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Vietnam parents at a loss to catch their kids watching porn

Tuesday, May 19, 2015, 16:43 GMT+7
Vietnam parents at a loss to catch their kids watching porn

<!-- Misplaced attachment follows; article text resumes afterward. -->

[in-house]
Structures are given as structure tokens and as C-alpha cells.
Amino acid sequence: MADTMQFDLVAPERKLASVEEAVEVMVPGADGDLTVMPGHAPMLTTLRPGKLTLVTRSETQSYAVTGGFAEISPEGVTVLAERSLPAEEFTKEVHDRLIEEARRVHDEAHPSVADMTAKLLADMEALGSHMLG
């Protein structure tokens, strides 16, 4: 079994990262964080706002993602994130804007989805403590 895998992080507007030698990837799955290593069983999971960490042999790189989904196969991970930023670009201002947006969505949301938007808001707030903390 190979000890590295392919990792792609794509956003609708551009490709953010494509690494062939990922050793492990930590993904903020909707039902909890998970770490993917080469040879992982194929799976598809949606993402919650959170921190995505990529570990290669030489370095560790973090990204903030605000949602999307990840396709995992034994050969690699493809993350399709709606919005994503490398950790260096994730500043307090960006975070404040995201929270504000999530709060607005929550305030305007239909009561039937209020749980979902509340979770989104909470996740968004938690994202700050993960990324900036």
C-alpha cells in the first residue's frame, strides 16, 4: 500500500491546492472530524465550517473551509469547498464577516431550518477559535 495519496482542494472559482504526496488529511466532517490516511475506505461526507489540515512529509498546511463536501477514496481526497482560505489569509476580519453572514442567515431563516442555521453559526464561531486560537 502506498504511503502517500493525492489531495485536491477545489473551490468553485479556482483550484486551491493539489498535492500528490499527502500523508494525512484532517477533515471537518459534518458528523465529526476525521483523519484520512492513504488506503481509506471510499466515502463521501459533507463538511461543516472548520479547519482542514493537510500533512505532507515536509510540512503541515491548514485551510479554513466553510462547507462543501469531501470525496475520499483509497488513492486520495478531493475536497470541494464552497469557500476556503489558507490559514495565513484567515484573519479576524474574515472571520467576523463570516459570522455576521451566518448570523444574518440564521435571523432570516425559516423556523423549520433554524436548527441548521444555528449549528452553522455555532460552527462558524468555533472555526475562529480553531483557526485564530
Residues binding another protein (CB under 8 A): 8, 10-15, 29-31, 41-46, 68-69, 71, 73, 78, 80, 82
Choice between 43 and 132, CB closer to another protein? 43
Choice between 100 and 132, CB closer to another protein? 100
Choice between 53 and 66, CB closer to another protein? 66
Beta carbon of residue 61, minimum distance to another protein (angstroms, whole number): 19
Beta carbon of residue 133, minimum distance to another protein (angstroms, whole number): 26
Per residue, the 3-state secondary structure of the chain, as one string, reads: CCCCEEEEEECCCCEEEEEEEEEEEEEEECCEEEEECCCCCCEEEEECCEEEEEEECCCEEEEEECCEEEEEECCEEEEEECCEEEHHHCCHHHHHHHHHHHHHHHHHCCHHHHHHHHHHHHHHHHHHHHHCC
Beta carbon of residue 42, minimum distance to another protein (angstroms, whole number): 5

Many parents voiced their escalating worry and were desperate for measures to stop their teenage children from watching porn films at a workshop held Saturday in Hanoi. Organized at the Olympia Schools in Tu Liem District, the workshop was attended by troubled parents of students enrolled in the school system and several other schools. Most participants said they were at a loss how to react properly when learning to their shock that their young children had watched or downloaded obscene images or sex films. A video clip, which was created by a number of high school students in Hanoi and caused quite a stir some time ago, was screened at the beginning of the Saturday meeting. The clip featured middle and high school students being candid that they had watched porn since their sixth or seventh grade while responding to an interview. Most of them expected their parents’ fury when they learned of their act, but that did not stop their curiosity about sex. H., a worried parent of two kids in their fifth and third grades, divulged that she gave her elder child an iPhone 3 for communication and English learning purposes. Some days ago, she was shocked to catch her child watching a porn film in his own room. The finding came as a devastating blow because the child often shies away from kissing scenes while watching films with H. and her husband. Another parent, T., anxiously said that he found porn websites on his child’s computers when looking at the browsing history. Some others revealed they unwittingly surfed the Internet on their digital devices in front of other people when sexually explicit images suddenly popped up, leaving them embarrassed. It turned out someone had got access to sex websites on their handsets before. They later went numb at their children’s confession to browsing this sort of content and indifferent attitude that “all our peers have done the same thing.” The children made an even more startling disclosure that several of their friends had grown fond of gay and lesbian sex movies. A number of parents also expressed their bewilderment at the workshop at how to respond to their underage children’s questions on gender-related issues. They also raised questions as to what extent and when they should educate their children on sex and reproductive health. Christopher McDonald, an educationist with many years of experience in educational management in the U.S., who is now the general principal of the Olympia Schools, underlined that unlike Westerners, Asians tend to be sterner when it comes to gender and porn issues. That may end Asian parents up in immense difficulties when educating and counseling their children on sensitive topics. He explained that when teenagers, particularly males, come of age, they may masturbate. They will watch porn while tossing off, he added. “The act is physically normal but may become an addiction if it veers away from the norm. If parents find it difficult to talk to their children about sexual matters and skip the task, the Internet will do it for them, in its own way,” McDonald elaborated. The expert urged Vietnamese parents not make a fuss about their children watching porn, or drive them to feel guilty about the act. “They should be their children’s best friend and confidant instead,” he advised. Speaking at the workshop, Associate Professor Le Van Hao, stressed that parents should help their children make sensible choices in different situations, instead of keeping around-the-clock guard over or imposing their own will on their children. “Apart from watching porn, children are also prone to other social ills which are well out of families and schools’ reach,” he noted. Assoc. Prof. Hao also suggested that parents set examples by not indulging in such pornographic content to avoid being caught in the act by their children, which might lead to the kids imitating them.

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